Marijuana Legalization Headed to the Ballot in Washington – But Is It Already Doomed?

Washington state voters want to legalize marijuana. And this November, they’ll get the chance to vote to do so with Initiative 502. But while the legalization of cannabis can and must be passed in Washington state, this initiative, even if passed, likely won’t do it.

Tuesday evening New Approach Washington, the ACLU-backed, star-studded team behind I-502 announced that they had secured the 241,153 signatures needed to get the law on the ballot this November.

The law, if passed, will legalize marijuana to anyone over 21 years of age and put the state in charge of licensing and regulating it. The law would accomplish this by removing most state-level prohibitions against cannabis and by creating a tax structure around the pot industry.

In the initiative’s own words:

This measure would remove state-law prohibitions against producing, processing, and selling marijuana, subject to licensing and regulation by the liquor control board; allow limited possession of marijuana by persons aged twenty-one and over; and impose 25% excise taxes on wholesale and retail sales of marijuana, earmarking revenue for purposes that include substance-abuse prevention, research, education, and healthcare. Laws prohibiting driving under the influence would be amended to include maximum thresholds for THC blood concentration.

On the surface, I-502 is exactly what Washingtonians who are interested in personal liberty, increased revenues and better health care should vote for. But upon closer look, the initiative also presents some rather unavoidable pitfalls that stand a good chance of making the effort all for naught.

The main problem with I-502 is that it does nothing to counter the federal government’s ability to say “screw your law, pot’s illegal, end of story.” The law would simply rewrite how Washington deals with marijuana, removing certain penalties, creating new laws around it and treating it as just another restricted commodity.

Unfortunately, that’s what states including Washington are already doing with regard tomedical marijuana, and what’s happening in result are increased federal raids and crackdowns on providers and patients far and wide.

The sad truth is that writing more laws that further decriminalize (in this case, legalize) marijuana will likely only lead to an even heavier hand by Uncle Sam in saying that those laws mean squat. To put it bluntly, any state that tries to regulate a federally-banned substance will face a swift preemption and injunction by the Department of Justice.

So how does one legalize a substance that the federal government doesn’t want legalized?

The answer is to follow the path that’s already laid out–that is, to do what the folks who ended alcohol prohibition did when individual states began repealing all penalties against alcohol. Without a specific law legalizing booze, the feds had nothing to preempt, and therefore had to rely solely on federal agents to enforce the increasingly-unpopular prohibition laws.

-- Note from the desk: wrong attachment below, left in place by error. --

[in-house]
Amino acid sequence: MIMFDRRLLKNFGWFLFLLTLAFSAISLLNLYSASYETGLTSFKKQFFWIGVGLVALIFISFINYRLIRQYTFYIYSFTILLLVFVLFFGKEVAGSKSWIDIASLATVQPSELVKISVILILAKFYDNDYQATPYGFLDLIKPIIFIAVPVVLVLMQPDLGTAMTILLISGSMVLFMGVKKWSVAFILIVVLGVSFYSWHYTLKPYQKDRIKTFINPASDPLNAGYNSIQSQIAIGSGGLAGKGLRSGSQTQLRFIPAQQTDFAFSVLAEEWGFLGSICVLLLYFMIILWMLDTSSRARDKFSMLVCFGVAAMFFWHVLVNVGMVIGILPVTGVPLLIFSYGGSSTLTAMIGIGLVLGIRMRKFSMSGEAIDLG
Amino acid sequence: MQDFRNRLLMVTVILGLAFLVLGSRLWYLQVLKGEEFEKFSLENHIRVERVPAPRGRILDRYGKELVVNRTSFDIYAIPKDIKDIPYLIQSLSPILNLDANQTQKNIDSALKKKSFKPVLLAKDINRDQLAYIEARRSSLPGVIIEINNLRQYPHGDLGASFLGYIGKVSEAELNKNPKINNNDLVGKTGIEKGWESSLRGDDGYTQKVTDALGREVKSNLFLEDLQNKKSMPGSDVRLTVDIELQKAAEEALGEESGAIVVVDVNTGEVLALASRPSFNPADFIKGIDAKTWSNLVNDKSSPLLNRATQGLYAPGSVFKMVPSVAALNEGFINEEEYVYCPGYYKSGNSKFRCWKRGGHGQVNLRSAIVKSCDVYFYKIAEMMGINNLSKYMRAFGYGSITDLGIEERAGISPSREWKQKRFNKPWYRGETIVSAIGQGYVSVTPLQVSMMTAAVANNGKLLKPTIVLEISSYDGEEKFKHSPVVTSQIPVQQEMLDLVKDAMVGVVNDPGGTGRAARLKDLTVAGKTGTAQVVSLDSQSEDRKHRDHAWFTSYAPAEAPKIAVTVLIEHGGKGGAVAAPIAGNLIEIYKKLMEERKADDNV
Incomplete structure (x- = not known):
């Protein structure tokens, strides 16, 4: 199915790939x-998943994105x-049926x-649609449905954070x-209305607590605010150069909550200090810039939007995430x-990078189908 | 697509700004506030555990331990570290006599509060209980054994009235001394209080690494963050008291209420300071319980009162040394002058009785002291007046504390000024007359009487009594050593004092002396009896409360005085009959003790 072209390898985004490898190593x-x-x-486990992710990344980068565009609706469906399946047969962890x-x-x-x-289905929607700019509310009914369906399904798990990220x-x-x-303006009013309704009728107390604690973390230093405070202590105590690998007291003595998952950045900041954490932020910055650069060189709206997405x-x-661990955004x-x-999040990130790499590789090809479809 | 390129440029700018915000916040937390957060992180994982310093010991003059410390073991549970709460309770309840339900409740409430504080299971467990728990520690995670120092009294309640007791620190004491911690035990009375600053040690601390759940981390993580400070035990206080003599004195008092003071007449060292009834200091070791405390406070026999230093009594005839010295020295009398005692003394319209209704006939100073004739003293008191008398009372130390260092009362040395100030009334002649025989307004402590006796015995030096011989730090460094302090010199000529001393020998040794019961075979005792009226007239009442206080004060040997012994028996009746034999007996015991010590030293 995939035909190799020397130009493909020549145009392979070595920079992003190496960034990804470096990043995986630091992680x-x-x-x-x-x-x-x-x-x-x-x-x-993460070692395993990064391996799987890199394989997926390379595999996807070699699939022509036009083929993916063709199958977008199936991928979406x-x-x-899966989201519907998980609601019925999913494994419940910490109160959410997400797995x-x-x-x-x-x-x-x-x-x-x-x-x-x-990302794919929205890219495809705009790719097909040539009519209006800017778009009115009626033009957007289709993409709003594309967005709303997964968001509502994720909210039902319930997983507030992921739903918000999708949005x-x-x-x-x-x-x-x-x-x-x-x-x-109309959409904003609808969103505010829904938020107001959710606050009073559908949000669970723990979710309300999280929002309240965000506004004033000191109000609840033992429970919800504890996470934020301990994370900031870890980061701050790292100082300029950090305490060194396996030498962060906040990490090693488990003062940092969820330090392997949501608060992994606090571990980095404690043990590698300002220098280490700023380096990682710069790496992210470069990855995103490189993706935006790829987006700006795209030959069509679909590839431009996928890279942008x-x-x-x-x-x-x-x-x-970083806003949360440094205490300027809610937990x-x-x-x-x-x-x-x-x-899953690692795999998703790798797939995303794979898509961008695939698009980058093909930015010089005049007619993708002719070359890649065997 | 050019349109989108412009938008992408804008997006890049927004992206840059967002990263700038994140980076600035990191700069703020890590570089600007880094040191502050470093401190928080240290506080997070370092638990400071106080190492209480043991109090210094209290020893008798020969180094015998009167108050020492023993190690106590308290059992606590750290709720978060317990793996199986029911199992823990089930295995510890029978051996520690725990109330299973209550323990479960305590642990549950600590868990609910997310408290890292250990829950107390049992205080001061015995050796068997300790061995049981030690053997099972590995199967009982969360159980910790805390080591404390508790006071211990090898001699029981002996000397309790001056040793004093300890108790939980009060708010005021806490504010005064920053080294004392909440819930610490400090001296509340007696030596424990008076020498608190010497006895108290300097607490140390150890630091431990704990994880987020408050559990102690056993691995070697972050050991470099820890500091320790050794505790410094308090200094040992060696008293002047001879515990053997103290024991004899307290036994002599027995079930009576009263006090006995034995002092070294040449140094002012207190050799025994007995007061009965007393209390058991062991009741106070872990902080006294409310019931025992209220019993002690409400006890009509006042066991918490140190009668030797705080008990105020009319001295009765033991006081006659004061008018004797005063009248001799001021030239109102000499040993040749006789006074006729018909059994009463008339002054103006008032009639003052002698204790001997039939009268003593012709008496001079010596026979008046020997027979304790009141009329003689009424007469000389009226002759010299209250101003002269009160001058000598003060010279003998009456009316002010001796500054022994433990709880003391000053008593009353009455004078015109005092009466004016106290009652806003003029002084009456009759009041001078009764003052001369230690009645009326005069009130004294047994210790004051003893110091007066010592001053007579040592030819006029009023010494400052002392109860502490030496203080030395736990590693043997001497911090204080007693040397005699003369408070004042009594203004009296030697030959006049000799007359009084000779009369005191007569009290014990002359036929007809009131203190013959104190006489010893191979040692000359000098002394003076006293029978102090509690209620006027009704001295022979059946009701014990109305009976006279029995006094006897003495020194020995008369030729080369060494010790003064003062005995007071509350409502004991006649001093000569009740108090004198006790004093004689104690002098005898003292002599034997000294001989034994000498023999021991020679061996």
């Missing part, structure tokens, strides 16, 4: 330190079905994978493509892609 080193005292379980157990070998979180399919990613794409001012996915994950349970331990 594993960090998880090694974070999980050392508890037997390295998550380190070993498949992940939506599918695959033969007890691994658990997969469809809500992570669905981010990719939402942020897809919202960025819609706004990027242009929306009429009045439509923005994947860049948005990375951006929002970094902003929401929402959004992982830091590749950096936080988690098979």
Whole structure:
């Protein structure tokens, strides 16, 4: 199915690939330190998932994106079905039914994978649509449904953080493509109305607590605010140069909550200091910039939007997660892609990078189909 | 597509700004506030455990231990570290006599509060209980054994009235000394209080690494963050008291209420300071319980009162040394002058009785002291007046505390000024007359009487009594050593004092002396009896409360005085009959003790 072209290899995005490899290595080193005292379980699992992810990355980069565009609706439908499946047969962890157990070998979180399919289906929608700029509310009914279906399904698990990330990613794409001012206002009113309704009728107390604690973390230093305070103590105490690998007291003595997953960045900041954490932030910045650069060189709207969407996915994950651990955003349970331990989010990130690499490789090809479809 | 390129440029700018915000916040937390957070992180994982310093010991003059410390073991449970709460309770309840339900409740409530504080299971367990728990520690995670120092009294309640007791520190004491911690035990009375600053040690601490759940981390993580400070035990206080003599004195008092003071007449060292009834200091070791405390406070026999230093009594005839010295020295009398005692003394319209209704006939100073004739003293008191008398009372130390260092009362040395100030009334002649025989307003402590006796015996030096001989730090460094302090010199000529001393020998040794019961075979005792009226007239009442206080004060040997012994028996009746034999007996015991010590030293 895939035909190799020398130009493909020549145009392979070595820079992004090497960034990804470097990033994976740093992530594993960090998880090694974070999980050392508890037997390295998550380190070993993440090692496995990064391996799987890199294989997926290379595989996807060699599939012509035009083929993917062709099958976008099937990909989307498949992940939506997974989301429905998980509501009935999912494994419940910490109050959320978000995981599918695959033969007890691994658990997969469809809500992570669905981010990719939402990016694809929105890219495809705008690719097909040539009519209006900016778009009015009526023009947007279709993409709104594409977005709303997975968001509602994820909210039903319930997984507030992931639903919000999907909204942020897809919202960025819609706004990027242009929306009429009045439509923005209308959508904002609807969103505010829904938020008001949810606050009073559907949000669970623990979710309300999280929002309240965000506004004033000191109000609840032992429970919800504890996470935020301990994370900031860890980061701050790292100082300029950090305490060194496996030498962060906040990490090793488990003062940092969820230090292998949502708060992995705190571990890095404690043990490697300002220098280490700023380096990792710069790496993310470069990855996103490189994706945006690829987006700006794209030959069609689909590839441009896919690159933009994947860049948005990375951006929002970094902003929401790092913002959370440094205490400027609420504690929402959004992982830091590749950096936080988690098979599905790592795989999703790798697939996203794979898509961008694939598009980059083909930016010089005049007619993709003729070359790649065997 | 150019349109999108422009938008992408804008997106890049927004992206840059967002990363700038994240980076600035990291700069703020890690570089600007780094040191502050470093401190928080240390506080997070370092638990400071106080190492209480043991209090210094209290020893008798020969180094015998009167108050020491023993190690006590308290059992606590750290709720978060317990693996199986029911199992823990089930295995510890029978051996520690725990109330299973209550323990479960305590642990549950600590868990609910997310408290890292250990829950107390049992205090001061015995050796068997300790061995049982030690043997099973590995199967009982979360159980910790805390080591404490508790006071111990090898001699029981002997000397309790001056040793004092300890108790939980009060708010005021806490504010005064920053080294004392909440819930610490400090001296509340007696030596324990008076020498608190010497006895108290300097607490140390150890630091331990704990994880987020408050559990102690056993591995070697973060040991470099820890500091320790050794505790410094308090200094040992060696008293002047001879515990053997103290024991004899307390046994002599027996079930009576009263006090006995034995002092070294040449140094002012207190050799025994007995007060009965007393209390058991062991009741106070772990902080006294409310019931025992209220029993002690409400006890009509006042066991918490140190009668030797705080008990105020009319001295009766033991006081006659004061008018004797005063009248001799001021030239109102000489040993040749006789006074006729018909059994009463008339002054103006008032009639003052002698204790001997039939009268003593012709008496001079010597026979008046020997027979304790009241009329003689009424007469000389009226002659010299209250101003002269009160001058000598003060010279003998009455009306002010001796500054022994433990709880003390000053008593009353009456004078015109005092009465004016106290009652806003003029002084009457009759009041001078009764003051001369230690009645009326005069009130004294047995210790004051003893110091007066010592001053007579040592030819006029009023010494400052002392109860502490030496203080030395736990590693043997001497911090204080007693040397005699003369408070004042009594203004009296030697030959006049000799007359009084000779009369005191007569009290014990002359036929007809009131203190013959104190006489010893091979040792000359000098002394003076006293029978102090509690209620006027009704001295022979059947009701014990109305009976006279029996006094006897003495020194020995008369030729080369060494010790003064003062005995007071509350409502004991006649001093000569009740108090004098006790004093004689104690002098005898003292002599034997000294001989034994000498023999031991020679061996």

This method eventually ended with the 21st Amendment to the Constitution, and today we drink ourselves silly.

The same method can be used with marijuana. In fact, an effort (albeit, a thus far wildly-unsuccessful one) to repeal Washington state cannabis prohibitions is going on in tandem with the 502 legalize-and-regulate approach.

This effort, pushed perhaps most publicly by longtime pot activist and attorney Doug Hiatt and the folks at Sensible Washington, is still trying to gain support in Washington, but is behind by leaps and bounds to the well-moneyed I-502 plan.

Hiatt recently told me that he still thinks his group will have a repeal option on the November ballot. I certainly hope so.

The 502 backers will argue that passing their bill is necessary regardless of whether its immediately killed by the feds or not. They’ll say that forcing the federal government to stop an individual state from carrying out the will of its voters will be too poor a public spectacle to bear and that, at the very least, the effort will make future attempts to legalize that much easier.

This is true. But only to an extent and not quite in the way the 502 folks mean.

The I-502 law passing is indeed better than nothing passing at all (a statement that Hiatt and other repeal backers will argue strongly against). But the only major reason it should pass is to prove how quickly it’s preempted and in turn to steel voters to do what’s necessary the next go round, and move to repeal.

The federal government currently has no qualms with ignoring state marijuana laws–something that dispensaries all over the state can attest to. And if the states go as far as to legalize and regulate pot, one need not wait until the ink is dry on the law before an Assistant U.S. Attorney General files a federal injunction to stop it.

At that point a lot of money will have been spent and a lot of time used up. But if it finally leads to a proper repeal bill being voted on in the next election, it will have been worth it.

Of course, Washington has an opportunity to repeal cannabis prohibition now. Voters simply have to realize it.

– Article from Seattle Weekly.



  1. Mark on